6 Heart-Healthy Lifestyle Habits
Taking care of your heart is important at every age. February is Heart Health Month. According to the American Heart Association, heart disease is still the leading cause of death for men and women in the United States. But there are steps we can all take to reduce our risk of heart disease and strokes.
As a cardiology nurse, I understand how important it is to lead healthy lifestyles and make exercise part of our regular routines. It’s one of the reasons I became a fitness instructor, too. Here are six simple ways to start improving your heart health:
- Eating healthy- avoiding foods high in saturated fats and cholesterol. They raise blood cholesterol levels and promote atherosclerosis (a hardening and narrowing of the arteries).
- Maintain a healthy weight. Being obese is linked to higher LDL (bad) cholesterol and triglyceride levels and to lower HDL (good) cholesterol as well as high blood pressure and diabetes.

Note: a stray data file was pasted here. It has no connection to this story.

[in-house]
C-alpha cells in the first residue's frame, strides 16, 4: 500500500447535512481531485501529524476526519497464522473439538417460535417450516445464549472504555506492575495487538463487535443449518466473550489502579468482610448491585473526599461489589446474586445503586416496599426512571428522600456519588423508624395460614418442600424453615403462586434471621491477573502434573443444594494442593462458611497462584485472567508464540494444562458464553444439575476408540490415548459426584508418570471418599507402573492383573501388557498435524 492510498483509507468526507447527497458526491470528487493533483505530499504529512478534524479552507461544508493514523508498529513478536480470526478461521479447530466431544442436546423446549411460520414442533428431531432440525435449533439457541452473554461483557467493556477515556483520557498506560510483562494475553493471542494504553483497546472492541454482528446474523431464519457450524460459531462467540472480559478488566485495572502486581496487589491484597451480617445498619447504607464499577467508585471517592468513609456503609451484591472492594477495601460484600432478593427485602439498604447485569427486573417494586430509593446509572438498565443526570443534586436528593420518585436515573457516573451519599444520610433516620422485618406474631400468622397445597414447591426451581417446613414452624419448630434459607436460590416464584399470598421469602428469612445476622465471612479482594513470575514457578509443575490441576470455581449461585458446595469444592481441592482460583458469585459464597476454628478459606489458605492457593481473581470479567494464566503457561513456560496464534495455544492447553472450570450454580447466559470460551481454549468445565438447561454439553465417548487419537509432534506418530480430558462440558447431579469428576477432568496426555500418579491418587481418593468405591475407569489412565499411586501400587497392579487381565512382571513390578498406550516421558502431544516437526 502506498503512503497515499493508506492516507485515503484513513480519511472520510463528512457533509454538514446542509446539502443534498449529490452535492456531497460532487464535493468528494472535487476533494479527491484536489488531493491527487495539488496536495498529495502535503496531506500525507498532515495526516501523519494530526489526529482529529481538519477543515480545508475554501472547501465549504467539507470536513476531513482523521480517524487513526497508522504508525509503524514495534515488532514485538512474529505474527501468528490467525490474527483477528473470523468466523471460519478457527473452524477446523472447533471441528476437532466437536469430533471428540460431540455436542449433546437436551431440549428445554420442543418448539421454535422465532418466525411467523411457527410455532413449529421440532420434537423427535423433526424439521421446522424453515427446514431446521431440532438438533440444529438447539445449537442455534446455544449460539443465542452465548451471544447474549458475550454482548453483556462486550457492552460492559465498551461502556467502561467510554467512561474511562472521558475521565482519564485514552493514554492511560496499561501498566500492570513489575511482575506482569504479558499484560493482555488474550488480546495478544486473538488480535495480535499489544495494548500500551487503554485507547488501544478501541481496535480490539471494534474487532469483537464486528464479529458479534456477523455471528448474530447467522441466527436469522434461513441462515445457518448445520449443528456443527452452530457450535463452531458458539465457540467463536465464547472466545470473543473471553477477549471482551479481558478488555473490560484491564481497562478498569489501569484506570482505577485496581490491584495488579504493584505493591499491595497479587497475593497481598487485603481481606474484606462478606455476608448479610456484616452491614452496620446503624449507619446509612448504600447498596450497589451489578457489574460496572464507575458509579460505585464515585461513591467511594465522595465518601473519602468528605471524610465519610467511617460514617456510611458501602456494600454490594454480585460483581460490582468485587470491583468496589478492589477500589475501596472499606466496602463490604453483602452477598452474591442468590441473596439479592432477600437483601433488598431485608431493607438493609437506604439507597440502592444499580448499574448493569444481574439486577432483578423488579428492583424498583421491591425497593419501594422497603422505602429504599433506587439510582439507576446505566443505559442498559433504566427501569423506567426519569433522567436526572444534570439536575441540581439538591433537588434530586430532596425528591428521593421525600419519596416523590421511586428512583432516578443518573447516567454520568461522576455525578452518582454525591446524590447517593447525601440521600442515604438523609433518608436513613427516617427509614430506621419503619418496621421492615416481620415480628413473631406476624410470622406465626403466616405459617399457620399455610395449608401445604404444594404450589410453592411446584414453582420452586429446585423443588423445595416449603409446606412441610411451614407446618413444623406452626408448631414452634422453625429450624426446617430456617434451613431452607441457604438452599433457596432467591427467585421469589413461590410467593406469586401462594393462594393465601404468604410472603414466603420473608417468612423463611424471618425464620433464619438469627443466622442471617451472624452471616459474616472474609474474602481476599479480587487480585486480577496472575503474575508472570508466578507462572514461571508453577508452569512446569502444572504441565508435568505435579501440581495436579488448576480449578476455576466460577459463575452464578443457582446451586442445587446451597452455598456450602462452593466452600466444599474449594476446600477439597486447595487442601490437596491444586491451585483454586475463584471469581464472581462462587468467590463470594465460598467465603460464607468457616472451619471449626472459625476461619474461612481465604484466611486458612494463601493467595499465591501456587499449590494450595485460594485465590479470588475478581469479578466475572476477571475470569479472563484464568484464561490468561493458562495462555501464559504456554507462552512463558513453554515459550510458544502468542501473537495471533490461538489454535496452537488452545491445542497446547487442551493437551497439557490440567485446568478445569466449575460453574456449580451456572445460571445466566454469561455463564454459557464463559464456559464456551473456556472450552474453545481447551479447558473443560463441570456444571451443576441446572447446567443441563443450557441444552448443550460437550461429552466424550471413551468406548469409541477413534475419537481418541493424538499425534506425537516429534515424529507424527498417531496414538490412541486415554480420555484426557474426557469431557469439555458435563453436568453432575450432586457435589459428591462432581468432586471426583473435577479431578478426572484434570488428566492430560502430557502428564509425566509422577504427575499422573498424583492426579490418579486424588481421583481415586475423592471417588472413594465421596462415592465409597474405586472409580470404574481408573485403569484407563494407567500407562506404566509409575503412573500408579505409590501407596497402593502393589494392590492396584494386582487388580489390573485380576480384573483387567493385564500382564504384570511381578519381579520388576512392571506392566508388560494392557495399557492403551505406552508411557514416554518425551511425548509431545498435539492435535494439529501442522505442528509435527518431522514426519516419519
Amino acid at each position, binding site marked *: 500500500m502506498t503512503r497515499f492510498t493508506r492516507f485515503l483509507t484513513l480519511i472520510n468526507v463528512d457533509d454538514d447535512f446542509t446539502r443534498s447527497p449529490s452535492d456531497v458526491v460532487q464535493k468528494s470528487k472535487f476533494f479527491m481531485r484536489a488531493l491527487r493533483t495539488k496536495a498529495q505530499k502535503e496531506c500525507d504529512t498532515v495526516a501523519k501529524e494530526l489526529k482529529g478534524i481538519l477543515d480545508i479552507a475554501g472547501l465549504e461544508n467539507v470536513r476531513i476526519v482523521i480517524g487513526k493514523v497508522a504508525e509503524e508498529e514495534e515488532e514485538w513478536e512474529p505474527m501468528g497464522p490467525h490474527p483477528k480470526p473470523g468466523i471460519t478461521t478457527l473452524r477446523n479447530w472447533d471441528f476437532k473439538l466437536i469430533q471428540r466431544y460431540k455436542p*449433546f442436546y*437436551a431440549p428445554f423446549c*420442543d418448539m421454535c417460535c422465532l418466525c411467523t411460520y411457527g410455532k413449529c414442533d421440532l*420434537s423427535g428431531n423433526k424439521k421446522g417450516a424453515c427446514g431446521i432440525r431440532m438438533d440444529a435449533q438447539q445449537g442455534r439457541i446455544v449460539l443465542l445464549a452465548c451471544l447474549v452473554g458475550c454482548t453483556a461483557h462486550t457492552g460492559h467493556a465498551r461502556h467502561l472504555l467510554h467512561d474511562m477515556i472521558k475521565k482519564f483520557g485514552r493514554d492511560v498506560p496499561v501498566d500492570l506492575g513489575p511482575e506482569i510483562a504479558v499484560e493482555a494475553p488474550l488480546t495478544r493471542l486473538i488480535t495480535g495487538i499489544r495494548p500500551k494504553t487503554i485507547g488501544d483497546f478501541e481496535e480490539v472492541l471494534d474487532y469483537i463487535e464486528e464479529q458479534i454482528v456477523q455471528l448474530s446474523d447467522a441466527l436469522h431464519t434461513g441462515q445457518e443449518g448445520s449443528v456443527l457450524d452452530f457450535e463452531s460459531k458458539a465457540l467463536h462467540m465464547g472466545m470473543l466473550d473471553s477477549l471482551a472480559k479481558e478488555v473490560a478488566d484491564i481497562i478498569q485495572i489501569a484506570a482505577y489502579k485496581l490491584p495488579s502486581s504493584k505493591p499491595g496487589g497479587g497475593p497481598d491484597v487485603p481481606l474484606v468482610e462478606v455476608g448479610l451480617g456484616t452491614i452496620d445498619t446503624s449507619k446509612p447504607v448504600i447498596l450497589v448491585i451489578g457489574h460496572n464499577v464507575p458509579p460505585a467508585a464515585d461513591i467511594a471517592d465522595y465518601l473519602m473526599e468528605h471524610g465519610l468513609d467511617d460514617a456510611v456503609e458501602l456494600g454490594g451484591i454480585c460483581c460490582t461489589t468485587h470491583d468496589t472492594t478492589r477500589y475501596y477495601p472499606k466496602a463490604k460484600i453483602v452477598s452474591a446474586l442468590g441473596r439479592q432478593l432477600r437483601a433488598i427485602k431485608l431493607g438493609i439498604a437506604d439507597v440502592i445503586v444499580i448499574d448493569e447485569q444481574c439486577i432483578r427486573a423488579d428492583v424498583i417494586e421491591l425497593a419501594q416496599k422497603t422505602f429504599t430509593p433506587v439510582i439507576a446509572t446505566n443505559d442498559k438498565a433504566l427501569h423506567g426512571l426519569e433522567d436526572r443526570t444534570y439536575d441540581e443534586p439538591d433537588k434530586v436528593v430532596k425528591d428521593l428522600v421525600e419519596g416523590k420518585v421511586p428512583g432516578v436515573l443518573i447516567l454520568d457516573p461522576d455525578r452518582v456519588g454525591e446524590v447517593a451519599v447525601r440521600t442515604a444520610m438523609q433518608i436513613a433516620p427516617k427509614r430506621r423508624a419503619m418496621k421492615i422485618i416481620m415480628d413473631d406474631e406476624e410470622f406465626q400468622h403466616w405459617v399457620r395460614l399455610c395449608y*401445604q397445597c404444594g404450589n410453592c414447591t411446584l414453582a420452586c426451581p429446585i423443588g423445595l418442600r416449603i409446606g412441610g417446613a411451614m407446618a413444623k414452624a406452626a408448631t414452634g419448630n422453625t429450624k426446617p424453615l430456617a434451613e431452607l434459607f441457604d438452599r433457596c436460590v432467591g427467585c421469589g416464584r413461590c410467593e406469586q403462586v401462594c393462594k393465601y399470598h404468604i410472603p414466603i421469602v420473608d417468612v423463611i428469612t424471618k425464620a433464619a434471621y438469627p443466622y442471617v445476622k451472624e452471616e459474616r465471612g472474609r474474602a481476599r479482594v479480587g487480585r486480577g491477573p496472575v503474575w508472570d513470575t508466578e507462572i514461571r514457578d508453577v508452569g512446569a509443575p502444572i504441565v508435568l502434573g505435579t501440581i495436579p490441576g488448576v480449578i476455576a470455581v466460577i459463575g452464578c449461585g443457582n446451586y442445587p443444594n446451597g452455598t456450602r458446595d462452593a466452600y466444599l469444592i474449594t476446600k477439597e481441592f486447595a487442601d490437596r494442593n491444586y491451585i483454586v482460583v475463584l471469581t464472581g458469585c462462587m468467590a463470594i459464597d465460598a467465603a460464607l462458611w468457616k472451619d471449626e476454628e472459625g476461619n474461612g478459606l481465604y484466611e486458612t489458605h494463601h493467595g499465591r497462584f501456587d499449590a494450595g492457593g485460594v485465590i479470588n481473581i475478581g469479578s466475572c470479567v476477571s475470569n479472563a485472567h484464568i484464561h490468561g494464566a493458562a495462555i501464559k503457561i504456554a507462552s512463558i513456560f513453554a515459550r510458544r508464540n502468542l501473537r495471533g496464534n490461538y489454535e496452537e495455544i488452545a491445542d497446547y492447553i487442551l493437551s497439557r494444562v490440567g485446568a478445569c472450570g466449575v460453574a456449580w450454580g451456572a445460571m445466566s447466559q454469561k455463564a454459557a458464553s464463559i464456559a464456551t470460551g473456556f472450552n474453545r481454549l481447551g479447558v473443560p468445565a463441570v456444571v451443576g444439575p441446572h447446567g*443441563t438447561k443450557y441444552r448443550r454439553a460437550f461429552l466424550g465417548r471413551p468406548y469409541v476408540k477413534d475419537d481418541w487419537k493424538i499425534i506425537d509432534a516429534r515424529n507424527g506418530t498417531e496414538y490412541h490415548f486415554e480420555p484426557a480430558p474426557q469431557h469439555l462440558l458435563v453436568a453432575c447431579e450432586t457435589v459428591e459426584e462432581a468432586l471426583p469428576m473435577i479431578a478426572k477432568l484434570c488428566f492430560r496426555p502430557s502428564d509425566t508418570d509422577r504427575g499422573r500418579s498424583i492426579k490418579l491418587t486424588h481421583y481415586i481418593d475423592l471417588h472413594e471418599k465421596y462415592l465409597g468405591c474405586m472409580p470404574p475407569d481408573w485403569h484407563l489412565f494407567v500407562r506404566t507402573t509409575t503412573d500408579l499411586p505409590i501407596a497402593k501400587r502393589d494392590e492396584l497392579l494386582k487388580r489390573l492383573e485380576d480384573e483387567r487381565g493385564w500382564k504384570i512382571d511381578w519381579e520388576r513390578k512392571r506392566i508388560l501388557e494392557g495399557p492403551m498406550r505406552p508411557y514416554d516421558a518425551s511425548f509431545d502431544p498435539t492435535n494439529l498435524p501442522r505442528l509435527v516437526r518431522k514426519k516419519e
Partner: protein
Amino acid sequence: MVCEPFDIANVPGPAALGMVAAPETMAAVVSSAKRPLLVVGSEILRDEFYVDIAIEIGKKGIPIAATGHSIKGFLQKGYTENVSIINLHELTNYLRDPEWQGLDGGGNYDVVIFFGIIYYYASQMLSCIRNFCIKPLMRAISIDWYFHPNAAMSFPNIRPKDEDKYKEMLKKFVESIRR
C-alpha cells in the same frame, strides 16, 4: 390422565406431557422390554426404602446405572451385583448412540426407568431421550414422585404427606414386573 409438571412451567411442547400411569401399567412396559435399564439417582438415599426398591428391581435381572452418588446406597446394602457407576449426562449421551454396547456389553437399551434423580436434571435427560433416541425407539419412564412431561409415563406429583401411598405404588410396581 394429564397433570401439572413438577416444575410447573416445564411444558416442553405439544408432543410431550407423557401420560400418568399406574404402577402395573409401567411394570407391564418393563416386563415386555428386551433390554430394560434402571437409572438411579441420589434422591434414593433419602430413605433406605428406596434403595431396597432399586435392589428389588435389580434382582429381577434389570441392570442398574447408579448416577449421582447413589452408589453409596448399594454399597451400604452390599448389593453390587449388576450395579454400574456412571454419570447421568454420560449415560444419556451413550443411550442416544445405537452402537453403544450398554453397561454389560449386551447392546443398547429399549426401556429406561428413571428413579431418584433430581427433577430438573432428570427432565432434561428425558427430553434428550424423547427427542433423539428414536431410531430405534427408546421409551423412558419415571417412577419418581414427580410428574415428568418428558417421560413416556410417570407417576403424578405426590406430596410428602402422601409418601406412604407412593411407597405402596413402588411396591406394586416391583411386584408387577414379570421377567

- Get regular exercise. Leading a sedentary lifestyle and not getting enough physical activity are linked to heart disease and can also impact a variety of general health risks, all of which in turn raise heart disease risk: obesity, high blood pressure, high triglycerides, low HDL cholesterol and diabetes.
- Stop smoking. Tobacco can have as serious an effect on your heart as it does on your lungs, raising both heart disease and heart attack risks.
- Drink less. Too much alcohol harms your heart in many ways. It raises blood pressure and triglycerides, a contributing factor in atherosclerosis.
- Reduce Stress. Stress can increase your risk of a heart attack and a stroke.
At the Y, we have a variety of resources and programs available to help our members and the community live healthier lives. From fun fitness classes to one-on-one nutrition packages, we inspire total wellness in spirit, mind and body among kids, adults and seniors.
Wendy Porr is an Acute Care Nurse Practitioner, working for a large cardiology practice in New Jersey. She has more than 20 years of experience working in the area of cardiac health in both hospital and office settings. Wendy also teaches Spin, Barre and Pound exercise classes at Somerset Hills YMCA.